U.S. Spends $228K to Find Out Why Gay Kenyans Avoid Free HIV Treatment

Photo Credit: AP

Photo Credit: AP

The National Institutes of Health (NIH) has authorized a three-year study to find out why some HIV-positive homosexual men in Kenya do not seek the free treatment that American taxpayers already are funding.

The study, which will cost U.S. taxpayers $228,147, seeks to encourage Kenyan homosexuals, including prostitutes, to avail themselves of the AIDS treatment known as antiretroviral therapy (ART)–and to continue taking it once they start.

“Although men who have sex with men (MSM) are at very high risk for HIV globally, this group has only recently become an important focus of national HIV/AIDS programs in sub-Saharan Africa,” the project description says.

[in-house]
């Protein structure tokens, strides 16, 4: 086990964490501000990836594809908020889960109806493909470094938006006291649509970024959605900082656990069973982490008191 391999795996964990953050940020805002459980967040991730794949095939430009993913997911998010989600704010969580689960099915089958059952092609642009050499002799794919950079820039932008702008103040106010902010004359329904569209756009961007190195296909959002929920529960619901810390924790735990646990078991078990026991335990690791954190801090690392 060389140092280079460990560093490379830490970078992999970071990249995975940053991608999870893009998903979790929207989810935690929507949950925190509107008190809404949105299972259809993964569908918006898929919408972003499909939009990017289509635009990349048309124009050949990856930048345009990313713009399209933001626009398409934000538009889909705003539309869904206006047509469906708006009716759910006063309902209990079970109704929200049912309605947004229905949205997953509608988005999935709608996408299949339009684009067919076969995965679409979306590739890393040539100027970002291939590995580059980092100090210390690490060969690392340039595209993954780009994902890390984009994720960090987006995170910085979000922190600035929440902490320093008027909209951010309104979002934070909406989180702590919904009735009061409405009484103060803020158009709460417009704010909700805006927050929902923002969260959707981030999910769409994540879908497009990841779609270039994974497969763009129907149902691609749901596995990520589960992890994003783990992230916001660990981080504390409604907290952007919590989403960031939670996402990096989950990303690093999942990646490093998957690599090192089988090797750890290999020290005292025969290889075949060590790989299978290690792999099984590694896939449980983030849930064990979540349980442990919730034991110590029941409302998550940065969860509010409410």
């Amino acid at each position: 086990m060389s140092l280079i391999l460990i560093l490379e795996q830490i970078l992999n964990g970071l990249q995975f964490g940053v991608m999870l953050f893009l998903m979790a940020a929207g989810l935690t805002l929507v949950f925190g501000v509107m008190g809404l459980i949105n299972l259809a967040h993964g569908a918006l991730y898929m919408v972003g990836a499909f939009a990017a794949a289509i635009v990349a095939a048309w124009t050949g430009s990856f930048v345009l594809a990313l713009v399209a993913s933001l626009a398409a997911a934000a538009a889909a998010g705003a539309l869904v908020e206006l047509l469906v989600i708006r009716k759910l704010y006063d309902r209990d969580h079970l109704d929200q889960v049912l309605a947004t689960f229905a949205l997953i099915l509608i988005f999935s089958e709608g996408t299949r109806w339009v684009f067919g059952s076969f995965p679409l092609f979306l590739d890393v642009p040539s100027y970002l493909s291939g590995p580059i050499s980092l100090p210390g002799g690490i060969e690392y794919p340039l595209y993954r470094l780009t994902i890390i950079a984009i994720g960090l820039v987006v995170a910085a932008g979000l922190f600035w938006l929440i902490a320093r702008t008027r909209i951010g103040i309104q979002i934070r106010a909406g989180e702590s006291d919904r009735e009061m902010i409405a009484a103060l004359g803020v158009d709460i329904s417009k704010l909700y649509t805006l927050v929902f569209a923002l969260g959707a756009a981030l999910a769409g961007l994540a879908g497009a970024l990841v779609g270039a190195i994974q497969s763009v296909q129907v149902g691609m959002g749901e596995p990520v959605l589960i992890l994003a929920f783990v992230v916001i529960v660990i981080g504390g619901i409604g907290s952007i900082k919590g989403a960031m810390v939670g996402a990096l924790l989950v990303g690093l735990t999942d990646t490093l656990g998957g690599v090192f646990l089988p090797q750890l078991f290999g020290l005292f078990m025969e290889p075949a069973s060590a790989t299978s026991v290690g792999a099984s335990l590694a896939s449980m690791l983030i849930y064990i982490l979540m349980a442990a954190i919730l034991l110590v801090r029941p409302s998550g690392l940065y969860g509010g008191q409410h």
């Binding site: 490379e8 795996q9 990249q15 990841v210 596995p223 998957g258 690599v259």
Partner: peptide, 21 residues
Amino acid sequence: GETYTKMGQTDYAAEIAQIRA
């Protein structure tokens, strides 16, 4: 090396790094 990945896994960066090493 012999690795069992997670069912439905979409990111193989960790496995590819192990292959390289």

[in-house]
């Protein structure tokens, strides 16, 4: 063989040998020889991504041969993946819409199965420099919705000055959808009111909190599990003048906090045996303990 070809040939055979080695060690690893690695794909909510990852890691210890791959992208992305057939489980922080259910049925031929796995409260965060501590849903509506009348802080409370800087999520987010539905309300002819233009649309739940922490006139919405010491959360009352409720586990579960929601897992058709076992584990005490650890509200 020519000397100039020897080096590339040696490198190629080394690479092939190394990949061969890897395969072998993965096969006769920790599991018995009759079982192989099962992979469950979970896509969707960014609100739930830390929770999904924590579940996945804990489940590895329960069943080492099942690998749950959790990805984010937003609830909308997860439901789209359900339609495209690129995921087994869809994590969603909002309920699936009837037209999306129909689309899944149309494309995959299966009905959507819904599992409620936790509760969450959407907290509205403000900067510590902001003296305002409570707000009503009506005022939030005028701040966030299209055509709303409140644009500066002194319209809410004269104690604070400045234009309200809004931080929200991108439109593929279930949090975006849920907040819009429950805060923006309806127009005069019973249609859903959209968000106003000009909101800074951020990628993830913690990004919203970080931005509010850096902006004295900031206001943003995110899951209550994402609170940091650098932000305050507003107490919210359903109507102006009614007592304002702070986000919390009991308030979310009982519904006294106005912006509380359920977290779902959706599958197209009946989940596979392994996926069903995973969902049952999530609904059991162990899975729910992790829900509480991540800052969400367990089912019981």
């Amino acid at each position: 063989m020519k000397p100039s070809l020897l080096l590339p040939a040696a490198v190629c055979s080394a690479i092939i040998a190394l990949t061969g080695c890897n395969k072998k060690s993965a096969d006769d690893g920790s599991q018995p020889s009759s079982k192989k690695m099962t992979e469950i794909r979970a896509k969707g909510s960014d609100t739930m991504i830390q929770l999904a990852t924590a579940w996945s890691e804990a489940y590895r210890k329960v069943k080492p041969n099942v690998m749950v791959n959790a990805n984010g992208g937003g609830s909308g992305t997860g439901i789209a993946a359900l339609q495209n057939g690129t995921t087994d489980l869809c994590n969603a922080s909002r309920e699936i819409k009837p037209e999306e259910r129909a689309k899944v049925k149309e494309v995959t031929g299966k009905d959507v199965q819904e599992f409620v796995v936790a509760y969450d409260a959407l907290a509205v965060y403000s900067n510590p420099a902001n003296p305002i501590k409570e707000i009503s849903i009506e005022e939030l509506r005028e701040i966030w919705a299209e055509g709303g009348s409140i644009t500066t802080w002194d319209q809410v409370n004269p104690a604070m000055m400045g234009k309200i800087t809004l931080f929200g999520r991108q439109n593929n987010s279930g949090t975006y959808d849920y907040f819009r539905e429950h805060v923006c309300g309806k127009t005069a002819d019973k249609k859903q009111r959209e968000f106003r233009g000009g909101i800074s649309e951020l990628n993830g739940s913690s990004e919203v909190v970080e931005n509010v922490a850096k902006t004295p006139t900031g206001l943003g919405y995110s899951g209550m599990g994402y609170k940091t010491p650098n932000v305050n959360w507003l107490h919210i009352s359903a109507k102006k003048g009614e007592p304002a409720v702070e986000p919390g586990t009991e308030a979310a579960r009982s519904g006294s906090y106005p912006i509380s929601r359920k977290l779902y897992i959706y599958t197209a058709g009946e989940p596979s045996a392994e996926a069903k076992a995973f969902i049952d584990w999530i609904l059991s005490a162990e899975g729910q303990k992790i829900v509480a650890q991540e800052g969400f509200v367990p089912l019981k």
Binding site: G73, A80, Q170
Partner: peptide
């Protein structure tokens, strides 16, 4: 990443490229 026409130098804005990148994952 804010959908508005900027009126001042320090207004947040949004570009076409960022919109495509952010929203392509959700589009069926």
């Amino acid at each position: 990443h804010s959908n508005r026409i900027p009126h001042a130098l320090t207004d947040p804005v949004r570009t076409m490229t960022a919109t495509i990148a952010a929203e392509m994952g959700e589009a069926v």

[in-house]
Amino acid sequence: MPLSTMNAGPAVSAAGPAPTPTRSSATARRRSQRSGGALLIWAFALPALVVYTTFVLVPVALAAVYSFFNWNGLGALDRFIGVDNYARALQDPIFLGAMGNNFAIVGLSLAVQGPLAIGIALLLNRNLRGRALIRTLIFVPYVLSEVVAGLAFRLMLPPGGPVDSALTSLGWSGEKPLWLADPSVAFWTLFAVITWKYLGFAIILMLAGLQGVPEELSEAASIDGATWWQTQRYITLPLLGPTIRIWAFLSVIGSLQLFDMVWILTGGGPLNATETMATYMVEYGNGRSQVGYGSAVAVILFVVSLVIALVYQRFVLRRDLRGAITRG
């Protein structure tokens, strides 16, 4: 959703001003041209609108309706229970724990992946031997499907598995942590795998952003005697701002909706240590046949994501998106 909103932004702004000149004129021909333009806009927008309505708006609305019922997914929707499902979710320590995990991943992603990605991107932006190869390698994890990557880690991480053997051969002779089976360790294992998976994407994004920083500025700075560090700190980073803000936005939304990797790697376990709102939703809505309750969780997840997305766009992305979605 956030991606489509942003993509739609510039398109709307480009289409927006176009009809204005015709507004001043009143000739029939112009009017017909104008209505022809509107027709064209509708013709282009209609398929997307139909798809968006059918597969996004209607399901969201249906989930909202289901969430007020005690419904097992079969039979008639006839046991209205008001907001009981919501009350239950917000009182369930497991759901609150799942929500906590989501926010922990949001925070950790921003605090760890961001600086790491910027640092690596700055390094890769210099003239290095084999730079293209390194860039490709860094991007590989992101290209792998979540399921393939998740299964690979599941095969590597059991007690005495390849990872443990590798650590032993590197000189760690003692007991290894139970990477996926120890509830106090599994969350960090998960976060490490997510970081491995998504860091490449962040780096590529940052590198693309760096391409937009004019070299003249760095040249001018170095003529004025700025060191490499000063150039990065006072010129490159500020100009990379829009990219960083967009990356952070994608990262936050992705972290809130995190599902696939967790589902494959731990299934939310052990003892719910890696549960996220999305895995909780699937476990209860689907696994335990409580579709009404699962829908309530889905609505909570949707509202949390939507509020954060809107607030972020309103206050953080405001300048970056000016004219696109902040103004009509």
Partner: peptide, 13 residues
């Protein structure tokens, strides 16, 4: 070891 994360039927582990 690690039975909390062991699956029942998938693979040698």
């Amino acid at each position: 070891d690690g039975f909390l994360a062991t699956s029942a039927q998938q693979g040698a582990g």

“While it is clear that antiretroviral therapy (ART) can reduce AIDS-related morbidity and mortality and prevent sexual transmission from HIV-infected MSM, little is known about antiretroviral adherence and barriers to care among African MSM.”

Researchers say they have worked with male prostitutes on the Kenyan coast since 2005 and have found “significant disparities” among people who seek treatment and continue with the therapy, partly due to “stigma and social isolation.”

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